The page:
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    The purpose of the Jobs Plus Pilot program is to develop locally-based, job-driven approaches to increase earnings and advance employment outcomes through work readiness, employer linkages, job placement, educational advancement, technology skills, and financial literacy for residents of public housing. The place-based Jobs Plus Pilot program addresses poverty among public housing residents by incentivizing and enabling employment through earned income disregards for working families, and a set of services designed to support work including employer linkages, job placement and counseling, educational advancement, and financial counseling. Ideally, these incentives will saturate the target developments, building a culture of work and making working families the norm. The Jobs Plus Pilot program consists of the following three core components: Employment-Related Services Financial Incentives – Jobs Plus Earned Income Disregard (JPEID) Community Supports for Work Applicants are encouraged to develop key partnerships to connect participants with any other needed services to remove barriers to work. An Individualized Training and Services Plan (ITSP) should be developed for each participant to establish goals and service strategies, and to track progress. Background HUD, the Rockefeller Foundation, and the MDRC, through a public-private partnership, designed and supported the Jobs Plus program model between 1998 and 2003. HUD has issued two separate evaluation reports on the demonstration, in an effort to identify and document the most promising approaches to increasing employment among families in public housing. Each evaluation showed ongoing positive effects for residents when the program was well-implemented and included the three core elements.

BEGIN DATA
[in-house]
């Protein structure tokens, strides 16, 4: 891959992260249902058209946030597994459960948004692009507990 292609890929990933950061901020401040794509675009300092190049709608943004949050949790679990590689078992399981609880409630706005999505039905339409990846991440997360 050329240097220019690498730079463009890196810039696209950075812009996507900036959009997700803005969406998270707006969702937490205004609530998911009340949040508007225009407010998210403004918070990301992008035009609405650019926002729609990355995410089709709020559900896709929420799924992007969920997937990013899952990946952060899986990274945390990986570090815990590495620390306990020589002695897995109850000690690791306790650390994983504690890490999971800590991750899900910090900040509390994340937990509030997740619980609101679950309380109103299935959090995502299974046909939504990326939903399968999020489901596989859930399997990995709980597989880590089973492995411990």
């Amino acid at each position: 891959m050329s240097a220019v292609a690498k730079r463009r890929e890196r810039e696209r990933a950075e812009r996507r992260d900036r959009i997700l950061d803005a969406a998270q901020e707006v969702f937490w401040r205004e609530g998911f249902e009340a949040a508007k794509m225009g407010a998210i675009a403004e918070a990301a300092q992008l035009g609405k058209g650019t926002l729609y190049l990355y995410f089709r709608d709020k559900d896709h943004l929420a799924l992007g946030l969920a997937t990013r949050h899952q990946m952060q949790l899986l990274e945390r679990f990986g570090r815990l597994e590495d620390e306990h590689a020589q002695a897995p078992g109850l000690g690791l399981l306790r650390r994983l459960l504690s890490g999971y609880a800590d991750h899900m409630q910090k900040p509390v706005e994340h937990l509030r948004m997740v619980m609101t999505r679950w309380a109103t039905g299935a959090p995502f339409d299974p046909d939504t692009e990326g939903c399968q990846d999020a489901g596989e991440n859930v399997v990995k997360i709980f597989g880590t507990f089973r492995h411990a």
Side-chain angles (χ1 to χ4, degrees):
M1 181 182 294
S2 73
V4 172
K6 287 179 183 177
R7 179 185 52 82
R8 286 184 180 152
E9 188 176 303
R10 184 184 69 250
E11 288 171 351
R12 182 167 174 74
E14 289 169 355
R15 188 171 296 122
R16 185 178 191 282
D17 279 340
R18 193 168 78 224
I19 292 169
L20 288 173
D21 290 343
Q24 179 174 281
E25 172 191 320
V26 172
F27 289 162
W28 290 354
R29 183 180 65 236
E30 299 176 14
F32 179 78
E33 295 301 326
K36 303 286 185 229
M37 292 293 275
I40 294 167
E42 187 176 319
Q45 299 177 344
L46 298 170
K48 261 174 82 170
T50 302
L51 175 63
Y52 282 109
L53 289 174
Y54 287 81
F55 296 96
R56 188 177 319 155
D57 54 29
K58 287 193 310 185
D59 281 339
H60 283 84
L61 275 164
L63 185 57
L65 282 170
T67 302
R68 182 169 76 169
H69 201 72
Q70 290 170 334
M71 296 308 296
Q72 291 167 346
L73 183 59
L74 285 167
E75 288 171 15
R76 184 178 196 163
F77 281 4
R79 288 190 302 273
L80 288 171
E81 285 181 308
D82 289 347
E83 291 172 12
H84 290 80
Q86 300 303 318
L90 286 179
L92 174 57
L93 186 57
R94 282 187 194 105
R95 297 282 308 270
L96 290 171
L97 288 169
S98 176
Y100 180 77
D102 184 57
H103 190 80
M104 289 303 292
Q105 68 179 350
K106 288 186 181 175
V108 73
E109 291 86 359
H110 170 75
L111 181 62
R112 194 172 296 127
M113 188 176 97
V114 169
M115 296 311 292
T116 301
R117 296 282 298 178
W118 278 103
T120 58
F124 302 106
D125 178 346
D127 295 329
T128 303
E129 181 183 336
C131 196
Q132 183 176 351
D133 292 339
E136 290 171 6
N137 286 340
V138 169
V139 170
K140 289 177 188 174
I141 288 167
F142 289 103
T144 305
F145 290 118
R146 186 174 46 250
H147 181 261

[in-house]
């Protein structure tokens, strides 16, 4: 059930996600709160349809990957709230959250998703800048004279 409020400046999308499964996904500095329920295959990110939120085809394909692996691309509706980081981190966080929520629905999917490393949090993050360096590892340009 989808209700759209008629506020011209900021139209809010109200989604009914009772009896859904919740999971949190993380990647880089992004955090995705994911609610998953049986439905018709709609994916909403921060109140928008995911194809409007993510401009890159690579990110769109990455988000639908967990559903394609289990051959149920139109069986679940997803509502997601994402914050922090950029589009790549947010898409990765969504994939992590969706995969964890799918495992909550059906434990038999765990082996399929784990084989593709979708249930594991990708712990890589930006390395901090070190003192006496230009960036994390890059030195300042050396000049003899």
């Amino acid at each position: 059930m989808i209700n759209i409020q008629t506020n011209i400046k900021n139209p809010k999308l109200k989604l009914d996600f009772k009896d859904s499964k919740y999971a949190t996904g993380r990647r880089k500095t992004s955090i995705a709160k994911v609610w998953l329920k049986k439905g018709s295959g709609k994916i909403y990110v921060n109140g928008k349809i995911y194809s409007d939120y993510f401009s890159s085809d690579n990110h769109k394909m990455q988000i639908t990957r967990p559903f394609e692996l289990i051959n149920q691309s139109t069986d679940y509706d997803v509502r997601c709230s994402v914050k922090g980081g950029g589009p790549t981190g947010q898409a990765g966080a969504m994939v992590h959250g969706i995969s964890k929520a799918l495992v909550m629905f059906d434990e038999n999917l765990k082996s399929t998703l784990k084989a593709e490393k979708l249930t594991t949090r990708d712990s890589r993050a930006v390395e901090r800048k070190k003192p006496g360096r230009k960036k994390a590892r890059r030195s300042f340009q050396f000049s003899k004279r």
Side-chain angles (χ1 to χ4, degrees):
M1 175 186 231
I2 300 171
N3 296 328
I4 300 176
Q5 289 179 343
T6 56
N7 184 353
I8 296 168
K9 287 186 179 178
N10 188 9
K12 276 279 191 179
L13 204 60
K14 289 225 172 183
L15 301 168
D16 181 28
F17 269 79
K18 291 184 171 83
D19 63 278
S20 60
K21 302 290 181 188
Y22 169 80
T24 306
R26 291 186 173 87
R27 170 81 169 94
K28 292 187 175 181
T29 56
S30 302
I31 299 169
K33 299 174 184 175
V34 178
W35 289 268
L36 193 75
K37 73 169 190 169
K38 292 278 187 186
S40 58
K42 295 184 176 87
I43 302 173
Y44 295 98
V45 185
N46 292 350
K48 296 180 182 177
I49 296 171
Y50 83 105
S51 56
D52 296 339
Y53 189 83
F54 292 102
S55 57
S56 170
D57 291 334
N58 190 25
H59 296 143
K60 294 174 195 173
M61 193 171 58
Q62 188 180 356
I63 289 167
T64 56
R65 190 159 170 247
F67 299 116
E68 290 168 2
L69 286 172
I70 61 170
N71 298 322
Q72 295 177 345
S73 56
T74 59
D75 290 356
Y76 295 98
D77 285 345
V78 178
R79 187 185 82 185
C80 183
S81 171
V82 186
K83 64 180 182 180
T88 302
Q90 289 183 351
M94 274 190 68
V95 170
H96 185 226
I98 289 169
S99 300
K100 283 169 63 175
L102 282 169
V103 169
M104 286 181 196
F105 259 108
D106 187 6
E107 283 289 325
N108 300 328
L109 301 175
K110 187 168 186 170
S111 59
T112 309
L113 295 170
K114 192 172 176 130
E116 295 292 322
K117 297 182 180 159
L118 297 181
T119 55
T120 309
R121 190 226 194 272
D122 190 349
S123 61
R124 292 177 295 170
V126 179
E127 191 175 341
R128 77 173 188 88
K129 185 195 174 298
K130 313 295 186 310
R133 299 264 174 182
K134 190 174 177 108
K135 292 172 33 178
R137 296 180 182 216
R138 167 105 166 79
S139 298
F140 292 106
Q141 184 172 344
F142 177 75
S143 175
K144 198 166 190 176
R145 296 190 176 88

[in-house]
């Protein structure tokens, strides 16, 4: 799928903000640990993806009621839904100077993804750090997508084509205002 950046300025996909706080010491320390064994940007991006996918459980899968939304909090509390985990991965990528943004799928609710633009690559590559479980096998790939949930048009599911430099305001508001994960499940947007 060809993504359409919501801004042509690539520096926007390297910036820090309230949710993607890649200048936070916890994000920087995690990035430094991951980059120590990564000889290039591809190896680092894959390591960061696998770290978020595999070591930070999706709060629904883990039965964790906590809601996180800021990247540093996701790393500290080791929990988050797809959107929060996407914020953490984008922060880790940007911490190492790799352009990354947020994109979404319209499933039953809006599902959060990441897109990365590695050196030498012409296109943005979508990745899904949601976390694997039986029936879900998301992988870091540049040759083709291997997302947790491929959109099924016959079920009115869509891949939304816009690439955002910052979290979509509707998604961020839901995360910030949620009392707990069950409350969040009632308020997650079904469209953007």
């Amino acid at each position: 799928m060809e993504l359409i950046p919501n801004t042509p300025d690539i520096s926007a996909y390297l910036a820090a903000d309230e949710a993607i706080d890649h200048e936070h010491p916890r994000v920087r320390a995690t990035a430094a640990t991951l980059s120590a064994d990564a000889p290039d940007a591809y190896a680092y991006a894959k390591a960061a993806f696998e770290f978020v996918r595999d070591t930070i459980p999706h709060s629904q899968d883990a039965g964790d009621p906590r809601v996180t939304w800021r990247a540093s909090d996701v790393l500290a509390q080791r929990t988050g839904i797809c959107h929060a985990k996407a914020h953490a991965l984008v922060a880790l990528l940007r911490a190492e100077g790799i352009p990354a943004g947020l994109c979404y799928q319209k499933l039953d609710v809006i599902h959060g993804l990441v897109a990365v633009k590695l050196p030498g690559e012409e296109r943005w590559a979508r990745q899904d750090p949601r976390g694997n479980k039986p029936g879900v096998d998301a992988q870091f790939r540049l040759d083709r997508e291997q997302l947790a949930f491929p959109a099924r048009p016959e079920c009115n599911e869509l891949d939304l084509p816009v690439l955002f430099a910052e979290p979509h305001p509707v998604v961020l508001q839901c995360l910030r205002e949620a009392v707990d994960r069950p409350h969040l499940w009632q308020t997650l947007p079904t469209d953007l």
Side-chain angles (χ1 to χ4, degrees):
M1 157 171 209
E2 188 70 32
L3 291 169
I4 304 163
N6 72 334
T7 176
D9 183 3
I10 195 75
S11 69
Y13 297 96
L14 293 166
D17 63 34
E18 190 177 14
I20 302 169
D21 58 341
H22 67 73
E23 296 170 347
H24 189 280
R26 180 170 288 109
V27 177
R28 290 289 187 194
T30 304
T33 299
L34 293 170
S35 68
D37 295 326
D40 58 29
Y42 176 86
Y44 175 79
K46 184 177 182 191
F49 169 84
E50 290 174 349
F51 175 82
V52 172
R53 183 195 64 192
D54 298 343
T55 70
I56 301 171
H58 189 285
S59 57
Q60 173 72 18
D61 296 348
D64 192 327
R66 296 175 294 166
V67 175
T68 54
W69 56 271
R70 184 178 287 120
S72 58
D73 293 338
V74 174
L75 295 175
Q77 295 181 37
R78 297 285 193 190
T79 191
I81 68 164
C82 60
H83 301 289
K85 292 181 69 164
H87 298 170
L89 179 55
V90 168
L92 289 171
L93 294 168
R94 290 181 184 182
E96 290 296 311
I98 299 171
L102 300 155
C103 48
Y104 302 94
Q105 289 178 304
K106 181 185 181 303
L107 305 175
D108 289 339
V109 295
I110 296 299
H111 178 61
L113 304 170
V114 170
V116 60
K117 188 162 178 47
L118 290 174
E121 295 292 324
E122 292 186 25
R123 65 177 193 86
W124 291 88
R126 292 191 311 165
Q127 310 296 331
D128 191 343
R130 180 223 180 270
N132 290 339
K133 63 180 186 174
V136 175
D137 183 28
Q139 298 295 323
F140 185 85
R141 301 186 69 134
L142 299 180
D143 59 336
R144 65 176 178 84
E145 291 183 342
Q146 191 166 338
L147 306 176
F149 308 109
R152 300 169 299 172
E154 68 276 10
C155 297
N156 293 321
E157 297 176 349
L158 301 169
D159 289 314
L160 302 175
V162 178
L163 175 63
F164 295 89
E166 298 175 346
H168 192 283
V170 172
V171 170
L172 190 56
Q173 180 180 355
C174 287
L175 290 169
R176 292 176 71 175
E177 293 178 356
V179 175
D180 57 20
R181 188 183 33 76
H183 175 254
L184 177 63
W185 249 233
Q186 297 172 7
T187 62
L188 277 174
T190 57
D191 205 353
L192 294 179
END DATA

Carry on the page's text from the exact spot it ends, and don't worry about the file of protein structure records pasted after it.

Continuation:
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American Psychological Foundation Public Policy Dissertation Award - 0 views